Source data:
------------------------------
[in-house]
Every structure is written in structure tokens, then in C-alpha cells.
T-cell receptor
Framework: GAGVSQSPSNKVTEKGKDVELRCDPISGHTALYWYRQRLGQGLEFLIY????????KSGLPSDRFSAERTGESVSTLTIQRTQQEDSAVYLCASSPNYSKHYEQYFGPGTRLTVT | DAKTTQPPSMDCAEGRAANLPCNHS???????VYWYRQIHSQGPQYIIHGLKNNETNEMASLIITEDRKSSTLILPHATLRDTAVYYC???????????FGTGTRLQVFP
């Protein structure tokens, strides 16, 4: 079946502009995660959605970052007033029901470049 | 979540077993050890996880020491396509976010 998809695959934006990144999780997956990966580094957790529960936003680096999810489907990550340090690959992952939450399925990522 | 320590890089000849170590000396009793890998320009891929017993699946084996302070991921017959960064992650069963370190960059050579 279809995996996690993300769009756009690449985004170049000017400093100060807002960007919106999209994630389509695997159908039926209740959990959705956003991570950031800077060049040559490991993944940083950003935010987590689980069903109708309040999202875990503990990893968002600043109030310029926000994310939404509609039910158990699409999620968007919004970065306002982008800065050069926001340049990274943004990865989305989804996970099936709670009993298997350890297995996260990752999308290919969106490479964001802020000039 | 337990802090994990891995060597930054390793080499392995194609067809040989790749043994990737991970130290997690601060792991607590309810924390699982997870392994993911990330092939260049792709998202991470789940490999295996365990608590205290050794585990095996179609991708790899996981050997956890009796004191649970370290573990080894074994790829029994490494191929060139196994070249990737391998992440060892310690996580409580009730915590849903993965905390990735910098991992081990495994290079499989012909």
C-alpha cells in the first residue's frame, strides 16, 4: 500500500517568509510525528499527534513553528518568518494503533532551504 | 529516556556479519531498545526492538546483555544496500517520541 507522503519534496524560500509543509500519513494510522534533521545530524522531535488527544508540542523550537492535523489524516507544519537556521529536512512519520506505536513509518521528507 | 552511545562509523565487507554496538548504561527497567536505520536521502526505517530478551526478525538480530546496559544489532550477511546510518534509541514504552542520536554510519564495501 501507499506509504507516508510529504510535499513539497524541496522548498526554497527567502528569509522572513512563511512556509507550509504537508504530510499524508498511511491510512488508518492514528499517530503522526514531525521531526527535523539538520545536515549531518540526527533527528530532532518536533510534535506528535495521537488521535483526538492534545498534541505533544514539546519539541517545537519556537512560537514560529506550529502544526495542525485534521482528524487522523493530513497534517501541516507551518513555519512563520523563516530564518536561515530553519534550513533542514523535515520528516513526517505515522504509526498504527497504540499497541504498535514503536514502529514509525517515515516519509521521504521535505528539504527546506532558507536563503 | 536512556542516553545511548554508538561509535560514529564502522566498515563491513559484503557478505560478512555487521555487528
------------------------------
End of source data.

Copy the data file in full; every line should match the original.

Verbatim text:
[in-house]
Every structure is written in structure tokens, then in C-alpha cells.
T-cell receptor
Framework: GAGVSQSPSNKVTEKGKDVELRCDPISGHTALYWYRQRLGQGLEFLIY????????KSGLPSDRFSAERTGESVSTLTIQRTQQEDSAVYLCASSPNYSKHYEQYFGPGTRLTVT | DAKTTQPPSMDCAEGRAANLPCNHS???????VYWYRQIHSQGPQYIIHGLKNNETNEMASLIITEDRKSSTLILPHATLRDTAVYYC???????????FGTGTRLQVFP
């Protein structure tokens, strides 16, 4: 079946502009995660959605970052007033029901470049 | 979540077993050890996880020491396509976010 998809695959934006990144999780997956990966580094957790529960936003680096999810489907990550340090690959992952939450399925990522 | 320590890089000849170590000396009793890998320009891929017993699946084996302070991921017959960064992650069963370190960059050579 279809995996996690993300769009756009690449985004170049000017400093100060807002960007919106999209994630389509695997159908039926209740959990959705956003991570950031800077060049040559490991993944940083950003935010987590689980069903109708309040999202875990503990990893968002600043109030310029926000994310939404509609039910158990699409999620968007919004970065306002982008800065050069926001340049990274943004990865989305989804996970099936709670009993298997350890297995996260990752999308290919969106490479964001802020000039 | 337990802090994990891995060597930054390793080499392995194609067809040989790749043994990737991970130290997690601060792991607590309810924390699982997870392994993911990330092939260049792709998202991470789940490999295996365990608590205290050794585990095996179609991708790899996981050997956890009796004191649970370290573990080894074994790829029994490494191929060139196994070249990737391998992440060892310690996580409580009730915590849903993965905390990735910098991992081990495994290079499989012909």
C-alpha cells in the first residue's frame, strides 16, 4: 500500500517568509510525528499527534513553528518568518494503533532551504 | 529516556556479519531498545526492538546483555544496500517520541 507522503519534496524560500509543509500519513494510522534533521545530524522531535488527544508540542523550537492535523489524516507544519537556521529536512512519520506505536513509518521528507 | 552511545562509523565487507554496538548504561527497567536505520536521502526505517530478551526478525538480530546496559544489532550477511546510518534509541514504552542520536554510519564495501 501507499506509504507516508510529504510535499513539497524541496522548498526554497527567502528569509522572513512563511512556509507550509504537508504530510499524508498511511491510512488508518492514528499517530503522526514531525521531526527535523539538520545536515549531518540526527533527528530532532518536533510534535506528535495521537488521535483526538492534545498534541505533544514539546519539541517545537519556537512560537514560529506550529502544526495542525485534521482528524487522523493530513497534517501541516507551518513555519512563520523563516530564518536561515530553519534550513533542514523535515520528516513526517505515522504509526498504527497504540499497541504498535514503536514502529514509525517515515516519509521521504521535505528539504527546506532558507536563503 | 536512556542516553545511548554508538561509535560514529564502522566498515563491513559484503557478505560478512555487521555487528